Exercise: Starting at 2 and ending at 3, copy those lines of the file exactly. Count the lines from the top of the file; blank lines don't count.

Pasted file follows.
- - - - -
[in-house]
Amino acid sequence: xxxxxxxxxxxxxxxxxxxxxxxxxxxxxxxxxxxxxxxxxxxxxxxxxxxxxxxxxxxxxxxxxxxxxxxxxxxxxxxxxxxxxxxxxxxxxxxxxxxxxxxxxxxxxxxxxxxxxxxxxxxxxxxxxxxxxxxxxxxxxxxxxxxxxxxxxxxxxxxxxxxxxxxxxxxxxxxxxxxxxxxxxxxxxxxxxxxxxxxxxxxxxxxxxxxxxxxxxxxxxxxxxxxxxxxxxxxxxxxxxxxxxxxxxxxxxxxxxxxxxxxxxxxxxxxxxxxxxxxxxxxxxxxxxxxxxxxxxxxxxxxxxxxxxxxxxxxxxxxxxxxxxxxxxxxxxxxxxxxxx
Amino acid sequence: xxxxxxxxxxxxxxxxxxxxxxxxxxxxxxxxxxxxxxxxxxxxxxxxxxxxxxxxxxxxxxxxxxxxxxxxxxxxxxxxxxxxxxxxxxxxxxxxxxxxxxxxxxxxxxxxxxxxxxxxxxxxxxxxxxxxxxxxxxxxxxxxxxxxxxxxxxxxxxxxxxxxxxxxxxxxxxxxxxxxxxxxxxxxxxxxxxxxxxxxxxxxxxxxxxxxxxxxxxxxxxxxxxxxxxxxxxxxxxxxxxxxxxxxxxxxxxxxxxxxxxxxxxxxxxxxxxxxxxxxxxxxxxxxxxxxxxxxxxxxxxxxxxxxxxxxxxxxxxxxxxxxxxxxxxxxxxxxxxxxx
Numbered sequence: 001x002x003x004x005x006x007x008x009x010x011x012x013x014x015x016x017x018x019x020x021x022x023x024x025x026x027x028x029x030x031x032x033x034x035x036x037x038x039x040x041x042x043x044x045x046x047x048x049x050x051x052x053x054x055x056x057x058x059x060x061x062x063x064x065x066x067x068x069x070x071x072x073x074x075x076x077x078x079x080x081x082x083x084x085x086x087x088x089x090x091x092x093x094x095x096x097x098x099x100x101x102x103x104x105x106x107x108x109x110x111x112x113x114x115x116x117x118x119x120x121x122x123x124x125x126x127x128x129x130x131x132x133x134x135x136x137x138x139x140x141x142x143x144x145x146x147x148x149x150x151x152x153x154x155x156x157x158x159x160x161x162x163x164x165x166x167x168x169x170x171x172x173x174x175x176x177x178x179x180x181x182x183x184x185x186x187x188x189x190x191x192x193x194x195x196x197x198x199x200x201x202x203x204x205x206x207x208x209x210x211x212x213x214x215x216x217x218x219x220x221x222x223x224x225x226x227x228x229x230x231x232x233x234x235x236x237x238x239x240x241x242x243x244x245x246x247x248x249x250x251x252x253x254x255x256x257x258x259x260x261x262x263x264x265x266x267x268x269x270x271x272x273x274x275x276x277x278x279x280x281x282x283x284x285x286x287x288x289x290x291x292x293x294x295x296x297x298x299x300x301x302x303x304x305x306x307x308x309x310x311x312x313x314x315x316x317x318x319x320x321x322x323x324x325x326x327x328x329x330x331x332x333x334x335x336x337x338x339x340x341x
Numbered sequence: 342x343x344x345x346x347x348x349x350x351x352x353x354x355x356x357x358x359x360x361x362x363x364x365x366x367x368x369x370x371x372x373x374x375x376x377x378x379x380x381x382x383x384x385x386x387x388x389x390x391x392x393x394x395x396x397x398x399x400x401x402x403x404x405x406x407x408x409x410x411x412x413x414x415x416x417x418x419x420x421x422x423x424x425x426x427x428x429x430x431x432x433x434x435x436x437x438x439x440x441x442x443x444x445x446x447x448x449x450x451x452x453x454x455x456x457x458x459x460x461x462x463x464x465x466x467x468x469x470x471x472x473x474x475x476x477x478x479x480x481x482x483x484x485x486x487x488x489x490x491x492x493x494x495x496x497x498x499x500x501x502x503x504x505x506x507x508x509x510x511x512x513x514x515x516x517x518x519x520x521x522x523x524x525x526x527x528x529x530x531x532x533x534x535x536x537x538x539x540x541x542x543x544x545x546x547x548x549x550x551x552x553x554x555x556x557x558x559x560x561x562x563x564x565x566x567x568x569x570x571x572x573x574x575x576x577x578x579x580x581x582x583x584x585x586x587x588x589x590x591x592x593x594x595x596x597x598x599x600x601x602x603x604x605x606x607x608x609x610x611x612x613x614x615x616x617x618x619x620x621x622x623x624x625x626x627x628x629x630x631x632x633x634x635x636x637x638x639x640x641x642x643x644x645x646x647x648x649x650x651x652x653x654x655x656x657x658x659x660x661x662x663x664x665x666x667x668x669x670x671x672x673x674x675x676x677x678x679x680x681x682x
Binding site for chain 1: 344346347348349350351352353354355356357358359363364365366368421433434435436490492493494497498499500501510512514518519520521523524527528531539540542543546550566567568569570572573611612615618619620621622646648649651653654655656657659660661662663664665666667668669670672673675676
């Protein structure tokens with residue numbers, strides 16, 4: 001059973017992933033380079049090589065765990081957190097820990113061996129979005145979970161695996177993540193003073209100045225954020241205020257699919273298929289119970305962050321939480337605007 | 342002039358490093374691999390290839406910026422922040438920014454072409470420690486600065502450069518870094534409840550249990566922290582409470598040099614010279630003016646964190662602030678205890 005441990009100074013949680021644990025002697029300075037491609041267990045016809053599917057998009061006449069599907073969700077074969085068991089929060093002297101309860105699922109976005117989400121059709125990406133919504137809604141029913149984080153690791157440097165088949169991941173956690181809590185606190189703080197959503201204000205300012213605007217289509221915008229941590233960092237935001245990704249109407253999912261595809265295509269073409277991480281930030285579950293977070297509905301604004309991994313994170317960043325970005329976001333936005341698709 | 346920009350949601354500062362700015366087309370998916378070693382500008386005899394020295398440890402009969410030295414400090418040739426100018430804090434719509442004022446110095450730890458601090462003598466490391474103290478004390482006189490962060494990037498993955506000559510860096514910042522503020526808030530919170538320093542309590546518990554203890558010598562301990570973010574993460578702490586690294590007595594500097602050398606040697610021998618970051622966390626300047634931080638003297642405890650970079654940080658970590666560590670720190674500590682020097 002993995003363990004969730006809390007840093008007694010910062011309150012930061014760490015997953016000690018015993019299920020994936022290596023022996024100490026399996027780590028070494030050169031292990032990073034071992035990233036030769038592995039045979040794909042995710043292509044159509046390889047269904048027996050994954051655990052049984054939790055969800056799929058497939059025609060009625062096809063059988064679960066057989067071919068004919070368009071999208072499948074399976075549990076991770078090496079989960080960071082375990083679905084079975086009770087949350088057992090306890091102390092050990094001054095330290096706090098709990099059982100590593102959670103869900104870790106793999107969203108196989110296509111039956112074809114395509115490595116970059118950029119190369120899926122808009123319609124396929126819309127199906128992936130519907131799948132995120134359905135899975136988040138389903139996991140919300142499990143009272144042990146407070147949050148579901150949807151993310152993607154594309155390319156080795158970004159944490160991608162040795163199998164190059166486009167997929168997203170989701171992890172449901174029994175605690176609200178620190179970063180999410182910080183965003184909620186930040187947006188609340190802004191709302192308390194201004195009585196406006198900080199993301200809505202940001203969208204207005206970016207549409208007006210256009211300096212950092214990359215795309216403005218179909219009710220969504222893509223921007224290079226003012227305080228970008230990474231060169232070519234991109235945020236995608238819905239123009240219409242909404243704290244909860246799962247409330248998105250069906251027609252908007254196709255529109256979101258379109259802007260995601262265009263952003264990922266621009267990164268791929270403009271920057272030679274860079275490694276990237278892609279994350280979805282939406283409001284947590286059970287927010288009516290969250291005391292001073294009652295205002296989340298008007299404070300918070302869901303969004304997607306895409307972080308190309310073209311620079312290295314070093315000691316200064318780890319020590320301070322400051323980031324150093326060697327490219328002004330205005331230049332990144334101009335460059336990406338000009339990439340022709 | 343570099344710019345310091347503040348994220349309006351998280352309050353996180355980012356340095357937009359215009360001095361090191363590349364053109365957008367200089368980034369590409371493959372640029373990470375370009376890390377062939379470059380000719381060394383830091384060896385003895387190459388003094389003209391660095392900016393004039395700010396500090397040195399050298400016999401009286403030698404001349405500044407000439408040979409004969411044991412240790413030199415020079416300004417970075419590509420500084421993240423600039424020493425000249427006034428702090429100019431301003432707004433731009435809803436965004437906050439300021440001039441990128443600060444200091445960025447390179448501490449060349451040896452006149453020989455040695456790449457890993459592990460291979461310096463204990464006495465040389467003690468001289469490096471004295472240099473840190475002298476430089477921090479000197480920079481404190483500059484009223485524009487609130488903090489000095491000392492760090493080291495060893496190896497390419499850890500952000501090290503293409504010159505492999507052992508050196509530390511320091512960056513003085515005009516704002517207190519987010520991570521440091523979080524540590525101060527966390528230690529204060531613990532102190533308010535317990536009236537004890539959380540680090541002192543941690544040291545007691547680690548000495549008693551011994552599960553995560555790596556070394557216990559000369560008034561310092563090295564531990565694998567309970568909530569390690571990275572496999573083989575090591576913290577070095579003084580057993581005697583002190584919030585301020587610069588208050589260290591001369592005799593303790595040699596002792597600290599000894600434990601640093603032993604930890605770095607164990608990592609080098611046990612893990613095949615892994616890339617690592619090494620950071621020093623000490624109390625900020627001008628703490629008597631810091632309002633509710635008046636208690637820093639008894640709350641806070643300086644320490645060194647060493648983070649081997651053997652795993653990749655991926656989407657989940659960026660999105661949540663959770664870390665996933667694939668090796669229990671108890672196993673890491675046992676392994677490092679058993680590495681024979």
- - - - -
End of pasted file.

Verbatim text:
Amino acid sequence: xxxxxxxxxxxxxxxxxxxxxxxxxxxxxxxxxxxxxxxxxxxxxxxxxxxxxxxxxxxxxxxxxxxxxxxxxxxxxxxxxxxxxxxxxxxxxxxxxxxxxxxxxxxxxxxxxxxxxxxxxxxxxxxxxxxxxxxxxxxxxxxxxxxxxxxxxxxxxxxxxxxxxxxxxxxxxxxxxxxxxxxxxxxxxxxxxxxxxxxxxxxxxxxxxxxxxxxxxxxxxxxxxxxxxxxxxxxxxxxxxxxxxxxxxxxxxxxxxxxxxxxxxxxxxxxxxxxxxxxxxxxxxxxxxxxxxxxxxxxxxxxxxxxxxxxxxxxxxxxxxxxxxxxxxxxxxxxxxxxxx
Amino acid sequence: xxxxxxxxxxxxxxxxxxxxxxxxxxxxxxxxxxxxxxxxxxxxxxxxxxxxxxxxxxxxxxxxxxxxxxxxxxxxxxxxxxxxxxxxxxxxxxxxxxxxxxxxxxxxxxxxxxxxxxxxxxxxxxxxxxxxxxxxxxxxxxxxxxxxxxxxxxxxxxxxxxxxxxxxxxxxxxxxxxxxxxxxxxxxxxxxxxxxxxxxxxxxxxxxxxxxxxxxxxxxxxxxxxxxxxxxxxxxxxxxxxxxxxxxxxxxxxxxxxxxxxxxxxxxxxxxxxxxxxxxxxxxxxxxxxxxxxxxxxxxxxxxxxxxxxxxxxxxxxxxxxxxxxxxxxxxxxxxxxxxx